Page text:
54 High Street
Above photograph by Paul Skelton, 5 April 2010, shows the approximate
place where I believe the "Angel" once stood.
The house now under discussion can be traced to 1862,
(Robert Stone). Closed in 1940 but reopened in 1942 by William Dinnage. It
closed finally on 3 May 1969, the property itself disappearing in September
From the Dover Express and East Kent Intelligencer, 10
A CHILD BURNT TO DEATH
An inquest was held on Tuesday afternoon by the borough coroner, W.
H. Payn, Esq., on the body of a child between three and four years of
age named Michael Neale, whose parents, the father being a labourer,
reside in Barwick's Alley, Charlton. The inquest was held at the "Angel
Inn," Mr. Christie being sworn as foreman. The following was the
evidence adduced, from which it would appear that the child was left
alone a short time by its mother, while she went into the house of a
neighbour, and that he must have approached too near the fire in her
Emily White: I live in Barwick's Alley, and am the wife of Thomas
White, who is a labourer employed in the oil-mills. I knew the deceased
child, who was the son of Simon Neal, also a labourer and a resident of
Barwick's Alley. The age of the child was three years and four months.
On Saturday evening I was outside my house, when I saw the mother of the
deceased leave her house and go into that of Mrs. Sullivan, a neighbour,
with a teapot in her hand. During the time she was talking to Mrs.
Sullivan I heard the child cry. I called to the mother, who ran up the
steps leading to her house, and I followed soon afterwards. I found that
the child was on fire, and I saw the mother wrap some clothing around
it, to put out the flames, which she succeeded in doing. She then went
away, saying she was going to take the child to hospital. I saw the
deceased again on Monday, when I took it an orange. It died on Monday
Catherine Neal: I am the wife of Simon Neal, and mother of the
deceased. As soon as I was called by the last witness on Saturday
afternoon, I went up the steps into my room, where I saw the child
burning, his pinafore being on fire at the side. He screamed very much.
I wrapped my gown around him, and extinguished the fire, after which I
ran with him immediately to the hospital. On getting to the hospital I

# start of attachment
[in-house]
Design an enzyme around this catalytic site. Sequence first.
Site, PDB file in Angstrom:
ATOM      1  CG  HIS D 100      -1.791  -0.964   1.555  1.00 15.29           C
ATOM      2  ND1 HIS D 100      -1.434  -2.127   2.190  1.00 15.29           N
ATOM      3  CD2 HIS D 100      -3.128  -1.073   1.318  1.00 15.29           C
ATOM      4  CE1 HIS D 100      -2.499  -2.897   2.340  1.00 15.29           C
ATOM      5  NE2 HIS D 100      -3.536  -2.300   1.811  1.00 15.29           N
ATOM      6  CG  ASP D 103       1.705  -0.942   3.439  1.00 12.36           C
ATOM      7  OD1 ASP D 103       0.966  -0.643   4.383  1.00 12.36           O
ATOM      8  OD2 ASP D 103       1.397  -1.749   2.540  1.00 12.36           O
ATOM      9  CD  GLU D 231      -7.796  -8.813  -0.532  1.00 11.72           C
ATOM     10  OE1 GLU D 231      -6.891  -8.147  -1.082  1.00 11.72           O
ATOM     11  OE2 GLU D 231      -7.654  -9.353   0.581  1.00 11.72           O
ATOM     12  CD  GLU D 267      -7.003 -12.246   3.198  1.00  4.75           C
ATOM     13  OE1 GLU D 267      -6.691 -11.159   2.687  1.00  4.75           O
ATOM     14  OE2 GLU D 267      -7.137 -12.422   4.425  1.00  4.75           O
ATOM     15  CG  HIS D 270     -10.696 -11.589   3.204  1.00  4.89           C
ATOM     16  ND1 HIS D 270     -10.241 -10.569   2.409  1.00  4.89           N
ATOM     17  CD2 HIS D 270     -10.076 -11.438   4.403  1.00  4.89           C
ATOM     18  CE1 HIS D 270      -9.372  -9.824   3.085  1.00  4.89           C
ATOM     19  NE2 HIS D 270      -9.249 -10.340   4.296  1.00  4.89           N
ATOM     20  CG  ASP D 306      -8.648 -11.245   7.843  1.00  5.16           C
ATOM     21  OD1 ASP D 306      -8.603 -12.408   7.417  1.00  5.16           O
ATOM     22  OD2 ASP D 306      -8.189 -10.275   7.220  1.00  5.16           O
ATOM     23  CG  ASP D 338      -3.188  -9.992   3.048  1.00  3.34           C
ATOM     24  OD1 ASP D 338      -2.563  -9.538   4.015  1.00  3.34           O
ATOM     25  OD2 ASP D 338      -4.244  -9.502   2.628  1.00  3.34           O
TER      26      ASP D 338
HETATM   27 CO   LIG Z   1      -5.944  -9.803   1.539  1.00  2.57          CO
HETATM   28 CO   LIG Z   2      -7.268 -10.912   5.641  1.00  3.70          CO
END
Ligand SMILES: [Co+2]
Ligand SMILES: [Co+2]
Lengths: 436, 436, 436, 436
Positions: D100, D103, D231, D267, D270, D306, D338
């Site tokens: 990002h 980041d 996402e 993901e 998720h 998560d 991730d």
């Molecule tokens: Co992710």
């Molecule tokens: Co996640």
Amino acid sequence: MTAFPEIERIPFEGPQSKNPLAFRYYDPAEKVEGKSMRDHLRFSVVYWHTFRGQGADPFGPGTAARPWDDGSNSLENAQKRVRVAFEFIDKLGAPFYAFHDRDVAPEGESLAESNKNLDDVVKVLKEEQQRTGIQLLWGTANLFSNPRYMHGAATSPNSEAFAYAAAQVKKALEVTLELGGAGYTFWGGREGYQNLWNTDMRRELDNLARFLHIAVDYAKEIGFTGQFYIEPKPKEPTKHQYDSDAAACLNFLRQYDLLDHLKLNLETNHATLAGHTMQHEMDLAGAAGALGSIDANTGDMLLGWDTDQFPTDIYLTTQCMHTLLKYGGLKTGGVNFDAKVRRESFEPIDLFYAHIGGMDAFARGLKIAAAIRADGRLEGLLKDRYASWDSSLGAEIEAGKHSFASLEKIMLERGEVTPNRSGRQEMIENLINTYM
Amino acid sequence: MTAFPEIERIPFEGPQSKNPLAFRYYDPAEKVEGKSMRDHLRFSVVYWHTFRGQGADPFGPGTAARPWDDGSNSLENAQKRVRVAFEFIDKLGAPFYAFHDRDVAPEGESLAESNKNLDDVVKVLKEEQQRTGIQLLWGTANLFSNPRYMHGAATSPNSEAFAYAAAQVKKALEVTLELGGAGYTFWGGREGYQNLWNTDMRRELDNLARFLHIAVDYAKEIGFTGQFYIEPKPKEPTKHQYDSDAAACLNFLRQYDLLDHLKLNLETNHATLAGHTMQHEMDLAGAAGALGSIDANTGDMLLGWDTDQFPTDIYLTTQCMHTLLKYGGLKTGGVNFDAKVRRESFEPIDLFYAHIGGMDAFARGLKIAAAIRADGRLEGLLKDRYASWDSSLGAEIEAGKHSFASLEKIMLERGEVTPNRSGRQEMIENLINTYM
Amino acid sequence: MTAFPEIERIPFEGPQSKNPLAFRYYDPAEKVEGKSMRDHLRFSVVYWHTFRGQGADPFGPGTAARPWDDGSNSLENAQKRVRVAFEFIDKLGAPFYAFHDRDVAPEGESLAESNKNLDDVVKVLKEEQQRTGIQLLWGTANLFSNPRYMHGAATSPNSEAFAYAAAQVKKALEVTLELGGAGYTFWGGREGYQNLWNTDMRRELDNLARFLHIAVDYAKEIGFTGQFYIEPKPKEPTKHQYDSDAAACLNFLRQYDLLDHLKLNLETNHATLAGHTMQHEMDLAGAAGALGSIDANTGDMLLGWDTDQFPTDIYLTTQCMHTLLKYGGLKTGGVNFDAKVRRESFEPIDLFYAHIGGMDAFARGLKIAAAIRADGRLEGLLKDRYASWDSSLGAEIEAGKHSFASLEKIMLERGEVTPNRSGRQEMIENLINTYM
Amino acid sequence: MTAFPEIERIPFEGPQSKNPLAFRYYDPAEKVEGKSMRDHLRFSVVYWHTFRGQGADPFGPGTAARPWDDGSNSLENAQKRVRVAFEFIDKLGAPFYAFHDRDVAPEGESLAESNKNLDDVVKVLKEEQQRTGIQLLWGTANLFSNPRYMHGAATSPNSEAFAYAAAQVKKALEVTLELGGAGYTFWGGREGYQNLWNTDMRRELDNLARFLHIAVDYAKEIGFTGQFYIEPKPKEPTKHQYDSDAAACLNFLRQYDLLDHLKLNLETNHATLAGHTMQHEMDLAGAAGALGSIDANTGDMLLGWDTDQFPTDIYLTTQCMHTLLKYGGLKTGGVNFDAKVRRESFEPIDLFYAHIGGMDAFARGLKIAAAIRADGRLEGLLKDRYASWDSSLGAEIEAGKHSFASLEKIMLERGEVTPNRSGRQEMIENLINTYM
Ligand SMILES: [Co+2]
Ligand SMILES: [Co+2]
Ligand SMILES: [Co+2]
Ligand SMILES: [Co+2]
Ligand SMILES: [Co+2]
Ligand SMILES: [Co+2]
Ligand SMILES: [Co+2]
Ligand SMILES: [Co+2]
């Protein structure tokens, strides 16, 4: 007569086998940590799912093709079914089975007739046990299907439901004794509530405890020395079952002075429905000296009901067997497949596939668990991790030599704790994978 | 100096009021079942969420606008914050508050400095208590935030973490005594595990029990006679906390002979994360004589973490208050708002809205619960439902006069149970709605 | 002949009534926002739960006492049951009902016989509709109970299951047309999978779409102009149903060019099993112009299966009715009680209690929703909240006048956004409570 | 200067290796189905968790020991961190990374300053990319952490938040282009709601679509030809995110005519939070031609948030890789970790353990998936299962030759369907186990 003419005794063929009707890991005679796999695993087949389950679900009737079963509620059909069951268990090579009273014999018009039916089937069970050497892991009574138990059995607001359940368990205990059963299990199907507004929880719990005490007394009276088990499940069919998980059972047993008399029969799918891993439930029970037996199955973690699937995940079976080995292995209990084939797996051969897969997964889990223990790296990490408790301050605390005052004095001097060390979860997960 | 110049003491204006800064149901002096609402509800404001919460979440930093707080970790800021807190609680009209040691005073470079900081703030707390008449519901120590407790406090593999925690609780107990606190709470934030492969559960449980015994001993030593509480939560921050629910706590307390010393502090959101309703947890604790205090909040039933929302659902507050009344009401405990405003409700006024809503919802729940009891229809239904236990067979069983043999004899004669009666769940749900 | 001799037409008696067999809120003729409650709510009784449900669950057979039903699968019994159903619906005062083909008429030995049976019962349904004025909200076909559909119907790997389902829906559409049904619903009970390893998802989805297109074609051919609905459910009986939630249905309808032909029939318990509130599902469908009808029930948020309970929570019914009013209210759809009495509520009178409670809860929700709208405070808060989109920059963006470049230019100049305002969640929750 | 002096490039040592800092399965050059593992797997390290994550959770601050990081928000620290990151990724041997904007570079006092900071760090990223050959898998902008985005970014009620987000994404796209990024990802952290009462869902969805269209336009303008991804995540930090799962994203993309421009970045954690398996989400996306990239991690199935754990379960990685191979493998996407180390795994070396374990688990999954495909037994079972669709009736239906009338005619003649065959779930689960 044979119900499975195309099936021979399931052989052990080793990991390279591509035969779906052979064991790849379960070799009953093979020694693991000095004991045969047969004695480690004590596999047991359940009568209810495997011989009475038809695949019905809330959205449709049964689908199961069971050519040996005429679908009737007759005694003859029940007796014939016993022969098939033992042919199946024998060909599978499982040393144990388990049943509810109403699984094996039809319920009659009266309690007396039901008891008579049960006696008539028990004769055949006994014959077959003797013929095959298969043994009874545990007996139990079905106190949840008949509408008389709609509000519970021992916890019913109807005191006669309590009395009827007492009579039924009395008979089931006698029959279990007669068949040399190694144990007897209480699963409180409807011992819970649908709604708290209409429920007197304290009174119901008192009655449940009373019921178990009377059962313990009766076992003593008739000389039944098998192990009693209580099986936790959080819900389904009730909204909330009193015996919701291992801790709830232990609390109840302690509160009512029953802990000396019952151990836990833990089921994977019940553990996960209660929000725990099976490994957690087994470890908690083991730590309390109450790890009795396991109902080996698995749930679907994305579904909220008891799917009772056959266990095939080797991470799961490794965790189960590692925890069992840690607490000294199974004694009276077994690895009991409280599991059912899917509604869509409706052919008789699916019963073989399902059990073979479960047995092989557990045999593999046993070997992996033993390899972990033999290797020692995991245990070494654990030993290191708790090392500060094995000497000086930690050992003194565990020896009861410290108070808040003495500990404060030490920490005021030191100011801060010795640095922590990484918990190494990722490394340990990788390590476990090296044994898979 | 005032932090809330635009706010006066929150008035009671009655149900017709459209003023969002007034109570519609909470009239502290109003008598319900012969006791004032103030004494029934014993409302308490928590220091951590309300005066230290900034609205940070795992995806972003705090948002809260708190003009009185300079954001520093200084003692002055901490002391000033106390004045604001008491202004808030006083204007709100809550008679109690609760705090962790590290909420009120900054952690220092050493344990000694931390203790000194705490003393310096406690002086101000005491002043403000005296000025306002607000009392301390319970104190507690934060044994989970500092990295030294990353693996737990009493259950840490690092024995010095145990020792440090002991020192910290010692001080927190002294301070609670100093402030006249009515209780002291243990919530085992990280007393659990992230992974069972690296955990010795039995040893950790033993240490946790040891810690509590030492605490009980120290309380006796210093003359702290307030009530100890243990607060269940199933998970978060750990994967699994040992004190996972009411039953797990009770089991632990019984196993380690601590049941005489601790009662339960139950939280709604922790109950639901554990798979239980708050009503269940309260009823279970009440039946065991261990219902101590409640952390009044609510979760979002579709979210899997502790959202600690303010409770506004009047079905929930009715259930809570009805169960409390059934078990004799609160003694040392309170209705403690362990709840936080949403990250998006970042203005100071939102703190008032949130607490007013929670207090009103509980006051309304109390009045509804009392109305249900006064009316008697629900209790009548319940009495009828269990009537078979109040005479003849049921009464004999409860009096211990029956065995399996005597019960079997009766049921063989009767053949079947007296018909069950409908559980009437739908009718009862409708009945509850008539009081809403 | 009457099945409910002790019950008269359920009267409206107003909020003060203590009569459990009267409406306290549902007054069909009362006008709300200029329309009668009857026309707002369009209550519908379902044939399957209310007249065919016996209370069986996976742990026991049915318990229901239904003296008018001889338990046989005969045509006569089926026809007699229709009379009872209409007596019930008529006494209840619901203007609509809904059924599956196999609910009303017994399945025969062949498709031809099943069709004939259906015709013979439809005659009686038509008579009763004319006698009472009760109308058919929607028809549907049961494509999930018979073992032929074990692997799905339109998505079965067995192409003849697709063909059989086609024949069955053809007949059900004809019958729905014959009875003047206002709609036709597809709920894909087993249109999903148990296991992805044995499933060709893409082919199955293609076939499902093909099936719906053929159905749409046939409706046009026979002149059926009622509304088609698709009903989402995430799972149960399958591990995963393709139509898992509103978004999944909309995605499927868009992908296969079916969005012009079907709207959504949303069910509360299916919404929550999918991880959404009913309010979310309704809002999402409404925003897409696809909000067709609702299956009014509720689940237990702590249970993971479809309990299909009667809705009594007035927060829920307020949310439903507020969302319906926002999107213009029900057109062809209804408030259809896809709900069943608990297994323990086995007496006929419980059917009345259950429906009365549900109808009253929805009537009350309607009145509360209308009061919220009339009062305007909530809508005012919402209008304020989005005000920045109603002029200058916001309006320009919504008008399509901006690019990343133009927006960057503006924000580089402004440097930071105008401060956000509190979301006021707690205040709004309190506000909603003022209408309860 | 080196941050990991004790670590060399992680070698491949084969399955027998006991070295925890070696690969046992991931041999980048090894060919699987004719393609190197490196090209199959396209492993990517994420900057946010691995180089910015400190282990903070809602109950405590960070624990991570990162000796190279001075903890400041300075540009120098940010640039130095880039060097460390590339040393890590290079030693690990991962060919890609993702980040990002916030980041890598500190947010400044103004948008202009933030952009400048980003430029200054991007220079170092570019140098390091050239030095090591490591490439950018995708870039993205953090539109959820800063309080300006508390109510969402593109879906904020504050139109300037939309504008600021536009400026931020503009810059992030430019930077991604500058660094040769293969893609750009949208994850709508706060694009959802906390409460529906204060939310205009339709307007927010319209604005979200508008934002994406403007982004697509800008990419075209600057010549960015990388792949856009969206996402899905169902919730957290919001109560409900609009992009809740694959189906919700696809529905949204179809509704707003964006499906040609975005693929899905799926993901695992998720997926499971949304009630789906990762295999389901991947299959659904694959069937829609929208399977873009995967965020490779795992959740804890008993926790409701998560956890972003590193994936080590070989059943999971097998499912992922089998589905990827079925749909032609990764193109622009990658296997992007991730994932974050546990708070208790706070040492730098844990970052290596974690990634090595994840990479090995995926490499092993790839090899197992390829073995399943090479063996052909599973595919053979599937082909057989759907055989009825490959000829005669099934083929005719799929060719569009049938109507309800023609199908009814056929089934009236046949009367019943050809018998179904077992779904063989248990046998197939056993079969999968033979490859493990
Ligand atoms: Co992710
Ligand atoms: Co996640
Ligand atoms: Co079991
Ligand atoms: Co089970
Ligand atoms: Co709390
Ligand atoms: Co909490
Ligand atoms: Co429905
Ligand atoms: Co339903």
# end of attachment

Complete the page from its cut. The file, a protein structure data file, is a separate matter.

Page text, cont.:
saw a woman. I do not remember what she said, except that the doctor was
not within. The neighbour who accompanied me said that it was no use
stopping there, and I then left the hospital in her company and took the
child to Mr. Walter's. Mr. Walter was not at home, but his assistant
applied flour to the burns. I took the child home, and afterwards got
from Mr. Bourner, the relieving officer, an order for the attendance of
the parish surgeon. Mr. Long, the surgeon, attended the child up to the
time of his death, which occurred on Monday night. I went to the
hospital twice after first taking the child there. The last time, late
at night, I saw the house-surgeon, and told him that Mr. Long was in
attendance on the child; but I desired him to come and see deceased. He
declined because Mr. Long was in attendance.
Arthur Long, surgeon, residing and practising in Dover: About six
o'clock on Saturday evening I received an order from the relieving
officer to attend the deceased child, who, I was told had been burnt. I
reached Barwick's Alley a little after seven. I found the burns had been
dressed. I looked at the extent of the burns as well as I could without
disturbing the dressings, and ordered that the deceased should be kept
quiet. I saw the child again the next morning, and found that the
persons attending it had dressed the burns in the meantime. I told the
parents that from the nature of the injuries the child had sustained, it
could not recover, and it died three hours afterwards. I attributed
death to inflammation of the lung, caused by the serious nature of the
Sarah Horn: I am a widow, and live in Barwick's Alley. I knew the
deceased child. I went with Mrs. Neal to the Hospital. The woman
belonging to the hospital said she would go and see whether the house
surgeon was within. She soon returned and said he was not in the house.
I then suggested that the child should be taken to Mr. Walter's, which
The jury returned a verdict of "Accidental Death." It transpired,
during the enquiry, that there had been current a rumour to the effect
that the little sufferer had been refused admittance at the Hospital;
but the gentleman of the jury expressed themselves fully satisfied, from
the evidence, that there had been no grounds for such an impression.
From the Dover Express and East Kent Intelligencer, 10
DISMISSAL OF A CONSTABLE FROM THE POLICE FORCE
Thomas Connors, a constable in the borough police-force, was charged
with assisting Thomas Hunt, marine-store dealer, Charlton.
Complainant said that on the morning of the 7th inst., about one
o'clock, he was at the "Angel Inn," Charlton. Defendant came there and
had a glass of beer. He stood at the bar a minute or two, and in
consequence of some "chaff," defendant offered to box complainant and
another person who stood at the bar. They got to rather high words, and
defendant then took him by the collar and bundled him out of the door.
On getting outside defendant struck him several times.